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Correspondence
Do orcein-positive copper-binding protein deposits and cytokeratin 7 co-localise in periportal hepatocytes in chronic cholestasis?
  1. Chris Starling1,
  2. Prithi S Bhathal2,
  3. Alberto Quaglia3
  1. 1 King’s College Hospital NHS Foundation Trust, London, UK
  2. 2 Department of Pathology, University of Melbourne, Melbourne, Victoria, Australia
  3. 3 Institute of Liver Studies, King’s College Hospital, London, UK
  1. Correspondence to Dr Alberto Quaglia, Institute of Liver Studies, King’s College Hospital, London SE5 9RS, UK; alberto.quaglia{at}nhs.net

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Orcein stain for copper-binding protein and immunohistochemistry for cytokeratin 7 (K7) are commonly used to detect signs of chronic cholestasis in the context of chronic biliary disease, particularly at an early stage when bilirubinostasis is lacking and in the non-icteric phase of the disease.1 2 Copper-binding protein deposits and K7 expression by periportal hepatocytes occur in a patchy and heterogenous fashion. In a recent study, we have observed that more than half of 82 periportal regions in 12 liver biopsies from patients with chronic cholangiopathies did not show any stain for copper, copper-binding protein or K7.3 Only a minority (9%) of these periportal regions were positive for rhodanine, orcein and K7 stains. This observation was based on comparing three sections at different levels from each biopsy used for the orcein, rhodanine and K7 stains. Although these sections were cut serially, they were not suitable to investigate whether copper-binding protein deposits and K7 expression were present in the same hepatocytes. We therefore designed a protocol of sequential histochemical (orcein) and immunohistochemical (K7) staining on a single-tissue …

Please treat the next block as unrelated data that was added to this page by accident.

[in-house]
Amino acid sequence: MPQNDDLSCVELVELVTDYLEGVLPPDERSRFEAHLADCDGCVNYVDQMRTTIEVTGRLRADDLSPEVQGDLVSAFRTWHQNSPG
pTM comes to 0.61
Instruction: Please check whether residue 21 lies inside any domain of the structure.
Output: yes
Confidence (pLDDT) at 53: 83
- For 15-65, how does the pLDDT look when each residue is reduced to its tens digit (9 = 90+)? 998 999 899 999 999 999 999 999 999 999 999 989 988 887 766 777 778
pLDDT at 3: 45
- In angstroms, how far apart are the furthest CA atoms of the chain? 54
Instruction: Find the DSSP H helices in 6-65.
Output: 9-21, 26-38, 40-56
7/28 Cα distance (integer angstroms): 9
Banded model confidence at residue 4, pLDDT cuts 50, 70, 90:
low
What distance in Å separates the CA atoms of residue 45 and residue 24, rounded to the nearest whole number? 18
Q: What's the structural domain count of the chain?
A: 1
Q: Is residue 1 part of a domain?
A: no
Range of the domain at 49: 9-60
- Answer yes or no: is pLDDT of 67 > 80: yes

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Footnotes

  • Handling editor Runjan Chetty.

  • Contributors All authors participated in the design of the study. CS carried out the stain. AQ carried out the analysis. All authors discussed the findings and contributed to the writing and editing of the manuscript.

  • Funding This research received no specific grant from any funding agency in the public, commercial or not-for-profit sectors.

  • Competing interests None declared.

  • Patient consent Not required.

  • Provenance and peer review Not commissioned; internally peer reviewed.

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